The International Solar Alliance (ISA)—India’s landmark push to popularise solar energy among countries between the Tropic of Cancer and Tropic of Capricorn (which hold good potential for solar power)—is set to become a legal entity on December 6, according to Indian representatives attending COP23 at Bonn.
The ISA was launched jointly by Indian Prime Minister Narendra Modi and the then French President Francois Hollande during the COP21 in Paris in 2015. Of the 121 potential signatories, 44 nations—predominantly from Africa, Latin America and the Pacific Island nations—have so far signed the ISA framework agreement. Fifteen of these, including Bangladesh, Ghana, Niger, Fiji, Somalia, South Sudan, India and France, have ratified the agreement while two documents of ratification, from Sudan and the Togolese Republic, are expected to be submitted in the near future. The number of ratifications required for the agreement to enter into force is 16.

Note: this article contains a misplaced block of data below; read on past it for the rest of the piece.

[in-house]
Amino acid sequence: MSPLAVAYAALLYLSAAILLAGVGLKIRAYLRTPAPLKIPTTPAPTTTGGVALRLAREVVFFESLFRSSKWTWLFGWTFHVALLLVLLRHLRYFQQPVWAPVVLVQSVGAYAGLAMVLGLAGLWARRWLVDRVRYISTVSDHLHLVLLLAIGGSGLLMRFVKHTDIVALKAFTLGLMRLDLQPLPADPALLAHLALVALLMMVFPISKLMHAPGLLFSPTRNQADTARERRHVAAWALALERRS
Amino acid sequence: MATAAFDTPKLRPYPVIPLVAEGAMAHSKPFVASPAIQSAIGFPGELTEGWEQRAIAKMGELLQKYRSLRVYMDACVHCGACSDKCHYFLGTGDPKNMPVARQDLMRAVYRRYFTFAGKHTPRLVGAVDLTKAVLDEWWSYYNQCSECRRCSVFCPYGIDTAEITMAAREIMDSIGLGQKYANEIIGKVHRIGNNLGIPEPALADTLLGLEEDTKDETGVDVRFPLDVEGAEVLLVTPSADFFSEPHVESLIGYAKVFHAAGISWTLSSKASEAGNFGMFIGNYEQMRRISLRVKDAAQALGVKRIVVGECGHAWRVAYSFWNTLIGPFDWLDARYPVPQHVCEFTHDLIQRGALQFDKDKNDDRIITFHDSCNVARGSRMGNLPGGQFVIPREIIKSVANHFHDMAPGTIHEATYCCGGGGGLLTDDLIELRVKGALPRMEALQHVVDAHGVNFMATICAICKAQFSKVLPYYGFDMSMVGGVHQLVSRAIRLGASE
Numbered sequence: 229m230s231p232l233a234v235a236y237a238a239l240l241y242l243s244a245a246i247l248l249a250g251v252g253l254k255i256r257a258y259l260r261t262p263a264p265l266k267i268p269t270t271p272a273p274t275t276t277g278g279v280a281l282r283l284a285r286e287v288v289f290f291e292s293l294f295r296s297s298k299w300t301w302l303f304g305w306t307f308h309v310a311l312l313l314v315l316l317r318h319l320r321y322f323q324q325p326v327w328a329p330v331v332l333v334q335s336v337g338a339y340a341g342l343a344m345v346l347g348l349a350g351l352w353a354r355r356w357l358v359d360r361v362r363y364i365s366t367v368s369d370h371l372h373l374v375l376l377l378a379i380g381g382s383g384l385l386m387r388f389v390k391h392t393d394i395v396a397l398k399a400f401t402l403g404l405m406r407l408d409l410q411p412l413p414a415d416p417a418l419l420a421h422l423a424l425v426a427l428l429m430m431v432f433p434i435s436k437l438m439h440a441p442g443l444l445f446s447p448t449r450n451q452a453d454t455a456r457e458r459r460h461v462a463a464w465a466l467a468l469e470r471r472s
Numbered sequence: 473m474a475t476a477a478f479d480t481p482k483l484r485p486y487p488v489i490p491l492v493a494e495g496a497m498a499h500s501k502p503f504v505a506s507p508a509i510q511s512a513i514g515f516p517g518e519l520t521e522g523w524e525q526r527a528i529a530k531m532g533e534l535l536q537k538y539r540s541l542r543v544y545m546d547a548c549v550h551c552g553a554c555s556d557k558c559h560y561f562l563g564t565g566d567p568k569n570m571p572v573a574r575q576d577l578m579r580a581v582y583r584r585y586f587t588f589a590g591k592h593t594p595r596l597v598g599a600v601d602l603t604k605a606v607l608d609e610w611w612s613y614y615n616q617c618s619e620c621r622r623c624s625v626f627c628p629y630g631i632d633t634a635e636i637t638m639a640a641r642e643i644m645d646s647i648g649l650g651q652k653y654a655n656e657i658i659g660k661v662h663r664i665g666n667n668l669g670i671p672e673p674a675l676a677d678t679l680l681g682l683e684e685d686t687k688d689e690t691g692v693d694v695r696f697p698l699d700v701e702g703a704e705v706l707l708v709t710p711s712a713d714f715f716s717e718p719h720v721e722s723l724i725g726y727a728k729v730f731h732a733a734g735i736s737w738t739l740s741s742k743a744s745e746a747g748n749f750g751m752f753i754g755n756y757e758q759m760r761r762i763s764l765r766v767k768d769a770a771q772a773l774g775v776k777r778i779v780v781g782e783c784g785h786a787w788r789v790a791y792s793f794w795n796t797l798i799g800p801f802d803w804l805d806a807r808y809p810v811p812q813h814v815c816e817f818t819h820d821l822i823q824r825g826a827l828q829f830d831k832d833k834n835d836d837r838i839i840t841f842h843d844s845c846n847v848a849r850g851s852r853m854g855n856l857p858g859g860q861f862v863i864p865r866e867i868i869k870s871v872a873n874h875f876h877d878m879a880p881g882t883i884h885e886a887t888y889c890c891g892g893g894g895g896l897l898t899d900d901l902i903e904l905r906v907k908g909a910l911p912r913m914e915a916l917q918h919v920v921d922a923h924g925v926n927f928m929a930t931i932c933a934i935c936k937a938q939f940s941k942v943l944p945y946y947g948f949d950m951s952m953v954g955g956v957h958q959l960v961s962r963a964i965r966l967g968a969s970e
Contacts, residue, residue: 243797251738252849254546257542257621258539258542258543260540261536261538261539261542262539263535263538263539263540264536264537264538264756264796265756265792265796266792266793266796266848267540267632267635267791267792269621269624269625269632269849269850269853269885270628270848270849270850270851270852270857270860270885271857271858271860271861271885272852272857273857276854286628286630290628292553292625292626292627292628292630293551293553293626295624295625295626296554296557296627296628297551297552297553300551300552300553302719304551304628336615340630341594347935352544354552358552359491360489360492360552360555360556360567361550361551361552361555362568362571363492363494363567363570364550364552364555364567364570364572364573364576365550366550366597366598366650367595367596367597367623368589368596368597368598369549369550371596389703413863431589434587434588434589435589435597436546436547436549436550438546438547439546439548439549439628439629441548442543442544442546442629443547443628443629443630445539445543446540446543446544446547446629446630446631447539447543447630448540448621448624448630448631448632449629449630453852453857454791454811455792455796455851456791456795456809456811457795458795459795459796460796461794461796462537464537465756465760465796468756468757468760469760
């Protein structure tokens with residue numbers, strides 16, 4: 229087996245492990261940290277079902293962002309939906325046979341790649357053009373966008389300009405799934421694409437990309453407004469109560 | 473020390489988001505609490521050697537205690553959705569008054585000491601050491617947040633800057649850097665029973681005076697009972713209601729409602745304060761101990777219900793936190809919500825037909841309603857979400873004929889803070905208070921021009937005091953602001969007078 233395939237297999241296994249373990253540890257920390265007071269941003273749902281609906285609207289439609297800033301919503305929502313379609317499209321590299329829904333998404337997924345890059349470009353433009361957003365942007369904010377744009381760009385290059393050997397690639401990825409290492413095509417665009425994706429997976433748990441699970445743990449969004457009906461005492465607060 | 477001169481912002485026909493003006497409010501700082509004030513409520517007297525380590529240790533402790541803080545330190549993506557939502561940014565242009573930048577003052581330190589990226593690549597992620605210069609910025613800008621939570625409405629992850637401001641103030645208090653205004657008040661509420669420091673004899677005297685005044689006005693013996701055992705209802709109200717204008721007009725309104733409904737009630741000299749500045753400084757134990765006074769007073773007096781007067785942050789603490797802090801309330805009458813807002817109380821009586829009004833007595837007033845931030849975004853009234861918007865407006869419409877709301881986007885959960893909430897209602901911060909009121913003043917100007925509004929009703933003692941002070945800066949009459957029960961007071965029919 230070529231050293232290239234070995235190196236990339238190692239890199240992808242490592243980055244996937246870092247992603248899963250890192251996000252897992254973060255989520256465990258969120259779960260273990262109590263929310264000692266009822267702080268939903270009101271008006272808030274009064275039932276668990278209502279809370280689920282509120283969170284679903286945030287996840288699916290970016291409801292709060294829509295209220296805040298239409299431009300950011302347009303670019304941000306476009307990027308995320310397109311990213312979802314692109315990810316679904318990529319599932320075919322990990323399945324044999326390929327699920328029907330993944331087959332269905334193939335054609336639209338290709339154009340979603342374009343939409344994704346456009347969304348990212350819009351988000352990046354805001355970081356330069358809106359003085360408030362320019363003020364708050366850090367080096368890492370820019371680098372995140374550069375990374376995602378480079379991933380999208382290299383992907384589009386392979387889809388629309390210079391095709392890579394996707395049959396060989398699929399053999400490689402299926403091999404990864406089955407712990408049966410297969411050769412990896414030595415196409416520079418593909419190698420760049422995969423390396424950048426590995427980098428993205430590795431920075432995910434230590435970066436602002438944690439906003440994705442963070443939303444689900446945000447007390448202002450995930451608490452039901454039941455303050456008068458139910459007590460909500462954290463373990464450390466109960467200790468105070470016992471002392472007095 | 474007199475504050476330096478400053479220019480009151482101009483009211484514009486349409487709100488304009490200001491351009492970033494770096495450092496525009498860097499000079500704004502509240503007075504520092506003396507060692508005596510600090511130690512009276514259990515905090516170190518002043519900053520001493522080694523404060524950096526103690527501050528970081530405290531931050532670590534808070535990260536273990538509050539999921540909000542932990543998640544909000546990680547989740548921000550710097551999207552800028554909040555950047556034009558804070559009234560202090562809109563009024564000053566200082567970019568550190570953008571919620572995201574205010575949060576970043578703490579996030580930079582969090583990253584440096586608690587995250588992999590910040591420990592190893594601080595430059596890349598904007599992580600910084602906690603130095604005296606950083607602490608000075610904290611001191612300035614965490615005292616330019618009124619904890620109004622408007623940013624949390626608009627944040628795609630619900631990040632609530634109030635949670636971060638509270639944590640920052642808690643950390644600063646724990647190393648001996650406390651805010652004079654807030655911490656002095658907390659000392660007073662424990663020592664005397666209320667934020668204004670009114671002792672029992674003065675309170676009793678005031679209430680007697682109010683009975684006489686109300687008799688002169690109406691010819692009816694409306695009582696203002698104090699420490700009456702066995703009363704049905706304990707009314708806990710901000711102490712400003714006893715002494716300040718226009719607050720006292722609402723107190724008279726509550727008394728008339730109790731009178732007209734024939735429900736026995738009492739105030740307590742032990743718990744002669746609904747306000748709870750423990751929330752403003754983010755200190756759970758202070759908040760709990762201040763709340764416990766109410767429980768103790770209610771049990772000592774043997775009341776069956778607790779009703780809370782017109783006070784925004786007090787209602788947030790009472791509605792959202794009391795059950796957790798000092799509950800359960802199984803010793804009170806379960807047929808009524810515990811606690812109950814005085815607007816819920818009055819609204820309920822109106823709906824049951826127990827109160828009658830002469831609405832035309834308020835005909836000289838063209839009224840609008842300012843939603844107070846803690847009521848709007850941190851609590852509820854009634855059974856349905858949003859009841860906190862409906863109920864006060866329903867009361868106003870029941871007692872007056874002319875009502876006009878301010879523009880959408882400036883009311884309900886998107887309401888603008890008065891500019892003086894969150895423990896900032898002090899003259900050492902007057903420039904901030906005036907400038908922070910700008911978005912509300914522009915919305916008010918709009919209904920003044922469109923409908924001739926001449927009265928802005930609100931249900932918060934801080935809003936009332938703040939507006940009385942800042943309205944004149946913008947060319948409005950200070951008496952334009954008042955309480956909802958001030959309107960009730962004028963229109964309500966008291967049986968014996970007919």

“The ISA is going to be a legal entity on December 6. The plan is to generate 1,000GW of solar energy by 2030 in countries that have joined the agreement additional to their own domestic commitments and plans,” said Anand Kumar, secretary in India’s Ministry of New and Renewable Energy.
The first global summit of the partners of ISA was earlier planned on December 9 this year, but later postponed to early next year due to the unavailability of French President Emmanuel Macron in December, Indian officials informed. The second edition of the Global Renewable Energy Investors Meet and Expo – RE-INVEST 2017, in which, France partners with India, has also been postponed to the third week of April 2018. It was slated to be held in Noida this December.